The Diocese of Baton Rouge got the right man at the right time for the many challenges that lie ahead.
Last month, the Most Rev. Michael Duca formally transferred his bishopric to Baton Rouge from the Diocese of Shreveport. To me, having attended Masses at which he celebrated, not only did he deliver engaging homilies, but it also was clear the Spirit burns brightly in him.
Additionally, Duca has demonstrated in his career leadership skills that make him well-suited to address current problems within the church. Originally from Dallas, he attended Holy Trinity Seminary. Almost two decades later, he became its rector and restored dignity and order to a place that had become, in the words of D Magazine, “a magnet for sexually confused youths, or self-professed gays” with an environment that “degenerated into obvious promiscuity.”
After working to reform one of the most scandal-plagued dioceses in the country, Msgr. Duca won appointment to Shreveport, one of fewer than a dozen American dioceses that, according to the authoritative website BishopAccountability, has had no priests publicly accused of abuse. Even as nationally Mass attendance fell, as well as the number of Catholics and priests — undoubtedly in part resulting from clerical scandals — the proportion of Catholics and number of priests held steady in north Louisiana during his decade there.
Duca’s pastoral skill will help in Baton Rouge, where the Catholic portion of the population since 2002 has fallen nearly 2 percent and the number of priests by a fifth, with a corresponding shrinkage of the number of parishes. Thankfully, even as the diocese has had past problems with clerical abuse — most shamefully its having to settle a suit involving deceased former Bishop Joseph Sullivan — nothing untoward has surfaced recently.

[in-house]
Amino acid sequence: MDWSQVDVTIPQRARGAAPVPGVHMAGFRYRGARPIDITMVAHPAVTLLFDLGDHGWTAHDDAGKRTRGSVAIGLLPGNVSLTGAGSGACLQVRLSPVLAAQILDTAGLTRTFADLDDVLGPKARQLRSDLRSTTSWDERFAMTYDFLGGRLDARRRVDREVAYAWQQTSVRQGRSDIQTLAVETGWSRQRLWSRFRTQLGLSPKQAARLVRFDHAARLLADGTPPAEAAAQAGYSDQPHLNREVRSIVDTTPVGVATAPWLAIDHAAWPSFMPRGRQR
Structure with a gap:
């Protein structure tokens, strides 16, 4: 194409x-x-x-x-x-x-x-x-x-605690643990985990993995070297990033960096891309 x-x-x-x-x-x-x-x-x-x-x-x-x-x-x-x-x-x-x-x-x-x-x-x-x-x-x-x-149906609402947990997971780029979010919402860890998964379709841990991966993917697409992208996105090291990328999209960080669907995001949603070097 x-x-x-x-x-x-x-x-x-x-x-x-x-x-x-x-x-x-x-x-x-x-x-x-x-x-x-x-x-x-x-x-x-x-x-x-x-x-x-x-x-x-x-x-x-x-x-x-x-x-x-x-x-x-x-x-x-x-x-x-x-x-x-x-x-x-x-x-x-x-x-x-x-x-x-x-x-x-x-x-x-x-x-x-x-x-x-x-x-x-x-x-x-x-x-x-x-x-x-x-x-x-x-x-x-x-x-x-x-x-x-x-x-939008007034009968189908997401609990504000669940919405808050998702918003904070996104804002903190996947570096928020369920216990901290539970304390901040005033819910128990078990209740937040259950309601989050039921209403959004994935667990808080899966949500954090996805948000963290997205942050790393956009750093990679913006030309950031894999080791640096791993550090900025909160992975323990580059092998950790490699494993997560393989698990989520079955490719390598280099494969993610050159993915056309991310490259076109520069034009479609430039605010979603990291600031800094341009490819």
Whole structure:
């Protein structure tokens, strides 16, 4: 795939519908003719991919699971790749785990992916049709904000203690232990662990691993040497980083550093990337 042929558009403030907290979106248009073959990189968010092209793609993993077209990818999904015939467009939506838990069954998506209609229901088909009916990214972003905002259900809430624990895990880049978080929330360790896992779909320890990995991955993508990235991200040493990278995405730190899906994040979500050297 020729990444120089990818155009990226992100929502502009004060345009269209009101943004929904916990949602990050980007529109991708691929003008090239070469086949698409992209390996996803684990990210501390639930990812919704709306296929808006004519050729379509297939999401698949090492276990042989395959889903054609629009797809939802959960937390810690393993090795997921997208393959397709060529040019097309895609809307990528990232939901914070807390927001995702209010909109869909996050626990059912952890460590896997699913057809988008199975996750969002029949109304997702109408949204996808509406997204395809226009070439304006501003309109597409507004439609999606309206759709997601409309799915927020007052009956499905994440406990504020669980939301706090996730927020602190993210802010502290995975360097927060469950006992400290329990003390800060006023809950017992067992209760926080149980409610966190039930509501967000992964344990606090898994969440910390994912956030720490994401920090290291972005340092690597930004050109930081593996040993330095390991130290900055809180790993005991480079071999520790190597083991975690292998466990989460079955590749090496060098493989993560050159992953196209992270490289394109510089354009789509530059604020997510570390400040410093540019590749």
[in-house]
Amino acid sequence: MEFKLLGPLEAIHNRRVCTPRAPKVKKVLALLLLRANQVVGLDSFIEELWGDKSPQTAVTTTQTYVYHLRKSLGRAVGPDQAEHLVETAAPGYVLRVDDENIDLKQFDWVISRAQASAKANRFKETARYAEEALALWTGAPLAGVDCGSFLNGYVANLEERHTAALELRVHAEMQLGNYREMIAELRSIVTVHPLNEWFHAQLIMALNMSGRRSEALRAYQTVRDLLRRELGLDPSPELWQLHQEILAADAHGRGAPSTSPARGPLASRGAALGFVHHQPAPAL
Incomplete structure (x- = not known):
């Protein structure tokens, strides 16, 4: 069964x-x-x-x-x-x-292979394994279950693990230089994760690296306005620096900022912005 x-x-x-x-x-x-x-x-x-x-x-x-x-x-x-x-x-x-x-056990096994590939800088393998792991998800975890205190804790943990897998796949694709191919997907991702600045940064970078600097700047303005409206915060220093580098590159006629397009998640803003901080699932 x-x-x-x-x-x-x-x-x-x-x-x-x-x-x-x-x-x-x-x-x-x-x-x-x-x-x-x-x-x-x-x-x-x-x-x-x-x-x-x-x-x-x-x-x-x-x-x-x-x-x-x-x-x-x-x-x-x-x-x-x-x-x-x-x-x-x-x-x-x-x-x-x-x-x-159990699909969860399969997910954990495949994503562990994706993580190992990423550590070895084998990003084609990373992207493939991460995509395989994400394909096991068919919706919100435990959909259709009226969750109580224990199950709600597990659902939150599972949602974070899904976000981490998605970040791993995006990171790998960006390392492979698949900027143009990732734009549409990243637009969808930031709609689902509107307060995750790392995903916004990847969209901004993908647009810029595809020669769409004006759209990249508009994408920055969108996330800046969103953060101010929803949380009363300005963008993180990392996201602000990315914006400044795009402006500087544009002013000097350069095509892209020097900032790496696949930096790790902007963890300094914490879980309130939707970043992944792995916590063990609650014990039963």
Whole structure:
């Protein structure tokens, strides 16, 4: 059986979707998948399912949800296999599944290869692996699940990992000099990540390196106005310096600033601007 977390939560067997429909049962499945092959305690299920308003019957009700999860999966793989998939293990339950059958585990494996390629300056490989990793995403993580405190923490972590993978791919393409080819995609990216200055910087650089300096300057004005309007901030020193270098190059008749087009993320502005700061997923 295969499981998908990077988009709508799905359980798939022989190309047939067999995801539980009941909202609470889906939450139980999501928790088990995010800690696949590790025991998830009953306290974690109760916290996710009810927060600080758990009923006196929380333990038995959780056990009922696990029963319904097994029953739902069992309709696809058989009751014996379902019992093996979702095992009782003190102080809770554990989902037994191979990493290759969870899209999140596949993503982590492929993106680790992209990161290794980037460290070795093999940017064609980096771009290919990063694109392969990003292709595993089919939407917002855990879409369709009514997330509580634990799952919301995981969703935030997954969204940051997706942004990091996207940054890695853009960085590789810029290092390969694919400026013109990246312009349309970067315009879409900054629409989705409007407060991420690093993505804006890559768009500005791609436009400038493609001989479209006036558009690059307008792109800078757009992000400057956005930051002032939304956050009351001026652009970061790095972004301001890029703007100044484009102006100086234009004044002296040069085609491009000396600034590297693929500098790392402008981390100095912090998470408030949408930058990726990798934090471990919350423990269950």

Given his experiences, Duca seems well-equipped to oversee a process of priestly formation that weeds out the unchaste and unholy that could prey on his flock. And, although never tested in this way, he gives every reason to believe that if controversy did erupt, he wouldn’t engage in the unconscionable hide-and-seek games too many in the Church hierarchy have played and continue to play.
Duca ought to address other issues as well. He can help to quell confusion over Pope Francis’ recent catechism change that declared the death penalty as “inadmissible.” That repudiates the view of almost every notable Catholic theologian over the past two millennia that rare use of capital punishment has redemptive value for individuals and may defend the larger community.
Hundreds of American Catholic theologians and religious, from university professors to ordinary priests, have petitioned the Holy Father not to follow through with this unprecedented reversal of dogma. With it, they fear the Church loses its claim to teach eternal truths from God and that other doctrinal abandonments may follow to erode that legitimacy further.
While used as a primary teaching document, bishops may extend the contents of the catechism in instructing the faithful. Duca and his fellow bishops could clarify that “inadmissible” means flawed judicial processes and administration of capital punishment should circumscribe its use at this time but that the practice itself isn’t inherently immoral.
Also, Duca, who asks that Catholics live their faith actively, should remind Catholics that this doesn’t mean its reduction into mere political ideology stumping for certain causes. The Church must emphasize its mysteries of faith and the gospel, and it mustn’t devolve into shilling for a presumed social gospel that makes it indistinguishable from secular organizations and interests.
Baton Rouge Catholics want confidence in the institutions of their faith and deserve superior spiritual guidance. Duca has the ability to provide both.
Jeff Sadow is an associate professor of political science at Louisiana State University-Shreveport, where he teaches Louisiana government. He is author of a blog about Louisiana politics at www.between-lines.com and writes about the Louisiana Legislature at www.laleglog.com. Follow him on Twitter, @jsadowadvocate or write email@example.com. His views do not necessarily express those of his employer.